Last year, I was extremely excited to join UMass Boston as Professor of International Relations in the Department of Conflict Resolution, Human Security, and Global Governance and Associate Dean at McCormack. In meeting many faculty members, administrators, and students, I was pleasantly surprised to discover the deeply-seated yet invisible-to-the-public African studies vitality at UMass Boston. In conversing with my new fellow, Africanist colleagues, we all pledged to come together to establish a forum for collaboration in deepening, expanding, and enlivening the study of Africa at UMass Boston. That’s how we came to the idea to develop the now established Africa Scholars Forum here.

 

SA: What are some of the short- and long-term goals for the forum?

KE: We are happy to have established ourselves in late Spring 2018 as a university-wide academic platform for the teaching, research, and programming of Africa, having been convened by an informal network of Africanists at UMass Boston. The Forum serves many functions, including building a more formal educational presence around African studies, providing a collaborative hub for work on Africa at UMass Boston, and facilitating among Africanist faculty shared resources and existing initiatives in African Studies in a convened, organized, and institutional space.

We are currently working on a number of goals and objectives, including:

  1. Develop an undergraduate minor and a graduate certificate in African Studies
  2. Establish a formal speaker series on African issues at UMass Boston
  3. Engage student groups on campus who have Africa programming missions, and create undergraduate student research initiatives on African study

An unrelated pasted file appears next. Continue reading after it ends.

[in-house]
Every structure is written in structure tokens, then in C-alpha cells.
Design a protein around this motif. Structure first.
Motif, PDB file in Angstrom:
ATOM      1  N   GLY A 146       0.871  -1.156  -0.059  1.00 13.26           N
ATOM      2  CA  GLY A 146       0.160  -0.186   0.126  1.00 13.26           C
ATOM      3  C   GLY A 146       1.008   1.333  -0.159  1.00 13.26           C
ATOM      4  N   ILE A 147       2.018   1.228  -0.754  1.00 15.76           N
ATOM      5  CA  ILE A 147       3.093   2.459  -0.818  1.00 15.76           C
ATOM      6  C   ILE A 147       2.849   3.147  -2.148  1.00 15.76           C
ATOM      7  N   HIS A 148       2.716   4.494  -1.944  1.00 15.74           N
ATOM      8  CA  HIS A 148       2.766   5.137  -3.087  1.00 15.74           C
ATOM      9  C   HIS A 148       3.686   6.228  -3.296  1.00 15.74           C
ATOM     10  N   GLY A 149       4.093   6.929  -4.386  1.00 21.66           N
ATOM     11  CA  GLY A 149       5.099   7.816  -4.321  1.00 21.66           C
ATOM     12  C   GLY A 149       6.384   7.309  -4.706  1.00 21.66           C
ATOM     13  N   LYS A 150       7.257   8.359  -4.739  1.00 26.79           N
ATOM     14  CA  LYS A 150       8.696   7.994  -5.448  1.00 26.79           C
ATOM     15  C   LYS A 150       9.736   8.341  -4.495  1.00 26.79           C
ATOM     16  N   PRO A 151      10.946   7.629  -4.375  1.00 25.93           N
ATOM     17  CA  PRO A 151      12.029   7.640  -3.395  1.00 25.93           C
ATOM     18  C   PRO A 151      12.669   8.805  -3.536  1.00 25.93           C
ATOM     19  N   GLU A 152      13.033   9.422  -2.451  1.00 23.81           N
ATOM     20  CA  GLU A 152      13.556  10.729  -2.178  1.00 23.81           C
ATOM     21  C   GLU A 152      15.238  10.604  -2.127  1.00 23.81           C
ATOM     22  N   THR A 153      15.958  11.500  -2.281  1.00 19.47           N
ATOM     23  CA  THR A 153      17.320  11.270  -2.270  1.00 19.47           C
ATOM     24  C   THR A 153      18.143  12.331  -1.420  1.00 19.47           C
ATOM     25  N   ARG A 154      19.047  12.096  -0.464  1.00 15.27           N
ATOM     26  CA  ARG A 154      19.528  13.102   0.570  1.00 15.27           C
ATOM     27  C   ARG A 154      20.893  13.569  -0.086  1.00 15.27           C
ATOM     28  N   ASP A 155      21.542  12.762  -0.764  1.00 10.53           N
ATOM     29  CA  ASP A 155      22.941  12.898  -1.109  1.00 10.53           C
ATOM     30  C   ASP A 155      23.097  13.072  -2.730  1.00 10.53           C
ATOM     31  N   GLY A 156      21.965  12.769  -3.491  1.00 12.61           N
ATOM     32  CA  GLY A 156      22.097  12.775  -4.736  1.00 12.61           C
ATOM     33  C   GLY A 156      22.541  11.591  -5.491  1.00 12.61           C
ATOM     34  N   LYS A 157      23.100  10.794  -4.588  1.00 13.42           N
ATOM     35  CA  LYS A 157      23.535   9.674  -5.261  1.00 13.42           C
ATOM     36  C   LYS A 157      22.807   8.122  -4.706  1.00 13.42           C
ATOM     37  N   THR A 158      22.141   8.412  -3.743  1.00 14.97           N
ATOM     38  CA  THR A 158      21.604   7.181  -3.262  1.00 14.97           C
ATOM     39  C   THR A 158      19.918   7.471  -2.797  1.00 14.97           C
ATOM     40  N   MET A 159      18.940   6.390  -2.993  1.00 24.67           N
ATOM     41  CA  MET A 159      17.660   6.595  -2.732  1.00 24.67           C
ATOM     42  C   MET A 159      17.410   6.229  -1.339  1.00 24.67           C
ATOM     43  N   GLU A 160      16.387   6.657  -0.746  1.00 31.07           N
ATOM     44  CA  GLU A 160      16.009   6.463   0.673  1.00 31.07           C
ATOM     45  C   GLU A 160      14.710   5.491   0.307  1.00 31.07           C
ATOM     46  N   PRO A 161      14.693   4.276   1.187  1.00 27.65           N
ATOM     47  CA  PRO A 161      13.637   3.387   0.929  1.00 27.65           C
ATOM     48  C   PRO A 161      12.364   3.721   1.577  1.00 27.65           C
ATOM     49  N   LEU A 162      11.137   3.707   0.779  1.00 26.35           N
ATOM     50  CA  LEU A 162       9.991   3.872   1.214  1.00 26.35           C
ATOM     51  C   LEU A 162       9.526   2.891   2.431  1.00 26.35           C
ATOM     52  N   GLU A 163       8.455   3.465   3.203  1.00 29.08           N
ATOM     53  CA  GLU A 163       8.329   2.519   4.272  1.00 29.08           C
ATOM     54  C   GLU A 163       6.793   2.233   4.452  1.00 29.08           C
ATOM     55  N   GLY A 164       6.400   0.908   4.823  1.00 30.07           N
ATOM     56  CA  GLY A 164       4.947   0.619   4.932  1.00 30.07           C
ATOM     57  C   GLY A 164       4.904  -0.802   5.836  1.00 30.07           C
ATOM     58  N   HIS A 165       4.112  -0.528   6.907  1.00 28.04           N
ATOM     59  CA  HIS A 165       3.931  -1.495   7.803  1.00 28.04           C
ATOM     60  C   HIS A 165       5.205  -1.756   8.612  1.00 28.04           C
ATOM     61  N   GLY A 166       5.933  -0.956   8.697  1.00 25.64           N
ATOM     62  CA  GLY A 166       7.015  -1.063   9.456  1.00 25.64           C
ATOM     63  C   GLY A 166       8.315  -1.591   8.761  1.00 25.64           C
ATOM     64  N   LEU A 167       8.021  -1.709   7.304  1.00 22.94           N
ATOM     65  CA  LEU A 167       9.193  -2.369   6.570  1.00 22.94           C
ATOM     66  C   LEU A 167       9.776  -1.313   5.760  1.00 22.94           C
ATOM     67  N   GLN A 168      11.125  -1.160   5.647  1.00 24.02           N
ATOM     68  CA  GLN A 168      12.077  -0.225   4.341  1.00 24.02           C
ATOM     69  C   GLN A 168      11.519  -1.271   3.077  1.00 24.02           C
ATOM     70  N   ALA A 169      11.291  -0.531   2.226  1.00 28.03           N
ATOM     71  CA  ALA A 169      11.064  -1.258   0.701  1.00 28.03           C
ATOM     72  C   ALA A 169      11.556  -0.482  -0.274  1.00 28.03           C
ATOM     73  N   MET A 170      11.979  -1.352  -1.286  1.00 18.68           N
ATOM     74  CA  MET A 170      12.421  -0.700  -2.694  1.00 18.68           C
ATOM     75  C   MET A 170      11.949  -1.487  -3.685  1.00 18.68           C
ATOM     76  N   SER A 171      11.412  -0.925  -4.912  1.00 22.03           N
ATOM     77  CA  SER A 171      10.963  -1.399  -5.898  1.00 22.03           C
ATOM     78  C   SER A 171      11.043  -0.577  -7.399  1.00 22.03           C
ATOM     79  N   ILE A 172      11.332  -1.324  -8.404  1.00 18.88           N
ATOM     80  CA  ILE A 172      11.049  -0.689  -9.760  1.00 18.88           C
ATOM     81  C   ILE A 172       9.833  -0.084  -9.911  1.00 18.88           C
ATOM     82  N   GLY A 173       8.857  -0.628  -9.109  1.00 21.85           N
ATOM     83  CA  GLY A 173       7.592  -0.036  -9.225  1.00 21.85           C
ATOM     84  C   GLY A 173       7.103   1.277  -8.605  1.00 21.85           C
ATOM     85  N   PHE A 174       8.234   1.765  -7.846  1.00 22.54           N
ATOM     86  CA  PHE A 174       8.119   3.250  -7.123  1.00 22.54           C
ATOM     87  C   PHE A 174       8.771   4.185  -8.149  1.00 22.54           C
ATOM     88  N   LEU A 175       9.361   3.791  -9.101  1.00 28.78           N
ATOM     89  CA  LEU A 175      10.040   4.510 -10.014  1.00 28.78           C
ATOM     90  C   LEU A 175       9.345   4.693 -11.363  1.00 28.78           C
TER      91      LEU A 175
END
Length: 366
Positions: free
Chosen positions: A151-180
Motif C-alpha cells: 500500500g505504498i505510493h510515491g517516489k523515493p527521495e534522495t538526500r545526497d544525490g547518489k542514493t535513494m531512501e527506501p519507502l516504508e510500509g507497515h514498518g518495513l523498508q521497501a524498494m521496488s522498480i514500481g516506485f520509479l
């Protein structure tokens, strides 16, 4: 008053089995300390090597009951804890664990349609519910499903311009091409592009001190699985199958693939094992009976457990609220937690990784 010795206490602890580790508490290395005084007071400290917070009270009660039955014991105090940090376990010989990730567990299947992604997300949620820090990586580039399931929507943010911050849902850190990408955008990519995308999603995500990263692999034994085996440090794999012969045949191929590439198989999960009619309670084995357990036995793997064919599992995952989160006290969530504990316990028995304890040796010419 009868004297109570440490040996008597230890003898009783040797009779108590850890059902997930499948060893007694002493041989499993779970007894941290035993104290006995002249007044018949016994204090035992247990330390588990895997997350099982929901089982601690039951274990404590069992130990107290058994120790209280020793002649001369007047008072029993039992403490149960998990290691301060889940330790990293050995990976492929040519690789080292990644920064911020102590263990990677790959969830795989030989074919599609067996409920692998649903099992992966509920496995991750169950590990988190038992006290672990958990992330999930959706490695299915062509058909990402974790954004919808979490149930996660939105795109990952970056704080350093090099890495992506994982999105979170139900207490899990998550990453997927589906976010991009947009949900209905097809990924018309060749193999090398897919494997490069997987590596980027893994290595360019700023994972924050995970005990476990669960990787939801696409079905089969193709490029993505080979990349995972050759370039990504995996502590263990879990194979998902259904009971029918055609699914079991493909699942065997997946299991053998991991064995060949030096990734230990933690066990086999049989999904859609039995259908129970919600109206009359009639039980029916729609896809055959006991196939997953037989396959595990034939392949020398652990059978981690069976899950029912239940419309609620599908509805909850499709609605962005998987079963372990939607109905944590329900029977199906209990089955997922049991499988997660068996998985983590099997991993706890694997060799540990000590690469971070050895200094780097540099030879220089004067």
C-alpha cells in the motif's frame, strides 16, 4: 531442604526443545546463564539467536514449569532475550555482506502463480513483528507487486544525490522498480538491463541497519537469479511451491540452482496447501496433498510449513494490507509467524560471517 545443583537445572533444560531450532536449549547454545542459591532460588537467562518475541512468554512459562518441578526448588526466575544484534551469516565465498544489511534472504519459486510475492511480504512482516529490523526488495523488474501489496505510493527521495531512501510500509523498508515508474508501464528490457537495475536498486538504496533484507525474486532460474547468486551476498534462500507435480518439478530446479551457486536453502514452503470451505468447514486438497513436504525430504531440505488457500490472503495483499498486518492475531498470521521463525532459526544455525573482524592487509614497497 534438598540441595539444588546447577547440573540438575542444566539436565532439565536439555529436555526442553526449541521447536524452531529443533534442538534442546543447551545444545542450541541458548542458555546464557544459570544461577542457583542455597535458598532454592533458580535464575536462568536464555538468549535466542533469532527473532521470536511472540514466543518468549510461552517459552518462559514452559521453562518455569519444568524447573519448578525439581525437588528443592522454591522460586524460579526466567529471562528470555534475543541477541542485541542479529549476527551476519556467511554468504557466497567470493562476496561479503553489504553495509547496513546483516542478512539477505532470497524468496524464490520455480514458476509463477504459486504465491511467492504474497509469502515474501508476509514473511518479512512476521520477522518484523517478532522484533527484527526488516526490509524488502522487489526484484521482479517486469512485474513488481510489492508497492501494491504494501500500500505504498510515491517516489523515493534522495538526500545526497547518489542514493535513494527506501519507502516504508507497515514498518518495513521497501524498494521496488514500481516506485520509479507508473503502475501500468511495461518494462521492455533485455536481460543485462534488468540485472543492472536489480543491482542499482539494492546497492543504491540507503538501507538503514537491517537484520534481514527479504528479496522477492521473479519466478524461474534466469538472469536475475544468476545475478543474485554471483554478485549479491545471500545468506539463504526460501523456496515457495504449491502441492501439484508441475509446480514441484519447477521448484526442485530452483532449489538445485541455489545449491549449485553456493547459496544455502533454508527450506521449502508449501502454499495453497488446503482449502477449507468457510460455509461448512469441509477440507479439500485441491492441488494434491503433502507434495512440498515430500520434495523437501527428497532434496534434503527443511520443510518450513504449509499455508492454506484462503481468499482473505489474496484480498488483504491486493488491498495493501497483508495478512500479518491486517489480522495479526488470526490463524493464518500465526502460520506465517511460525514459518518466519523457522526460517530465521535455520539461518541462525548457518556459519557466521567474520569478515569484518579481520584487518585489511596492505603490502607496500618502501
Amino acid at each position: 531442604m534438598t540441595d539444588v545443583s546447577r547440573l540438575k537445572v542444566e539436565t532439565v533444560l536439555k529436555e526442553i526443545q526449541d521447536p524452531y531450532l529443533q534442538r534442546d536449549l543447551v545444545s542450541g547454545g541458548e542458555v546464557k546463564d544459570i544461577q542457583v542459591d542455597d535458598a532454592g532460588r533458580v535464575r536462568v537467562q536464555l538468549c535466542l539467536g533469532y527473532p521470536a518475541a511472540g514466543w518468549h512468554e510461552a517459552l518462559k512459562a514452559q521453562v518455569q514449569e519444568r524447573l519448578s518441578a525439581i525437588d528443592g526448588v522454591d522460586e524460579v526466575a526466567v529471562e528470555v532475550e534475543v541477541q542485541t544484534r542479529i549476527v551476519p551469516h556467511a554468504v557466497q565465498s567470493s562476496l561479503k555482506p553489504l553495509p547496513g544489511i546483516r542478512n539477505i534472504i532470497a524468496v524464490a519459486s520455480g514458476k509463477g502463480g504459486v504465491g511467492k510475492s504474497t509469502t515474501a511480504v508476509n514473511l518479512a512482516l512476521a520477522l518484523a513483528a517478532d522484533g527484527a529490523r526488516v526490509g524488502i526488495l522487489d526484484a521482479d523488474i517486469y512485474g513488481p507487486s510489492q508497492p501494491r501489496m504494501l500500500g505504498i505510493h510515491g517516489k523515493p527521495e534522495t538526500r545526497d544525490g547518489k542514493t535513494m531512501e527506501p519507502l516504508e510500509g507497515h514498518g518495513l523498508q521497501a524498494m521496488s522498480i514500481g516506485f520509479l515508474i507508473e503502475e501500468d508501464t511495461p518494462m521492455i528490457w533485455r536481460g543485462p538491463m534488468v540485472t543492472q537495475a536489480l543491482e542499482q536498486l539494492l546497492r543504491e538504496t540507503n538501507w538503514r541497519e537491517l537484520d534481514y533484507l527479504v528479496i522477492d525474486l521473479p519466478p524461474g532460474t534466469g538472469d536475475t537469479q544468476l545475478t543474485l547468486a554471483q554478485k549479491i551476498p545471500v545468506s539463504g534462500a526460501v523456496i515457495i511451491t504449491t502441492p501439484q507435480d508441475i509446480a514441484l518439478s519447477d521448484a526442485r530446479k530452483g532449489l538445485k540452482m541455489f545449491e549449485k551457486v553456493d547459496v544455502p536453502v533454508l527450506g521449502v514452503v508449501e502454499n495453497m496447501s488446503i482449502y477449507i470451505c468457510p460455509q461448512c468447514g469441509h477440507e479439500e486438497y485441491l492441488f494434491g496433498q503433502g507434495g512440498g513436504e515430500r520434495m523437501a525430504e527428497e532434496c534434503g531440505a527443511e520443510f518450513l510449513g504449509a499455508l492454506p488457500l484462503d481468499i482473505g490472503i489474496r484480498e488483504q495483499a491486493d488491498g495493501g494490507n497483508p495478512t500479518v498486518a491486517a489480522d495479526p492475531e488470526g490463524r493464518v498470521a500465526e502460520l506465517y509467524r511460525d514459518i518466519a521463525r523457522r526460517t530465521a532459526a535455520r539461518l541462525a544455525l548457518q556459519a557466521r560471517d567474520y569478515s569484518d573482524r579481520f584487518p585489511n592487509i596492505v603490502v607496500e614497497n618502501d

4. Establish a platform for deepened African research study for graduate students at UMass Boston
  5. Promote existing and new exchanges with area African Studies programs and universities in Africa to facilitate faculty and student exchange, especially study abroad and community research
  6. Collaboratively achieve prestigious grant awards.

 

SA: How do you see this forum as connecting to the values and mission of MGS?

KE: One of the things that attracted me to UMass Boston was its cosmopolitan, internationalist, and diasporic student and faculty research thrust. Just walking across campus during my interviews here last year, I visibly came across students from all over the world, particularly from Africa – Cape Verdes, Kenya, Ghana, and even my native Nigeria. I remember one day on the commuter bus hearing Yoruba and Pidgin English spoken by students. Both languages are Nigerian. I later learned that there are several African student groups and there are quite a few graduate students, especially at McCormack, who are conducting Africanist doctoral research.

As you can see from the Forum’s member-initiatives, there are also several faculty members conducting research and projects in Africa. At least forty percent of international development policy work is conducted in the African region. McCormack’s policy and global mission stands at the frontiers of Africa study. In collaboration and consultation with other faculties at UMass Boston, including Africana Studies, Anthropology, Economics, History, the College of Social and Global Inclusion, the McCormack School is the appropriate host to lead this university-wide initiative.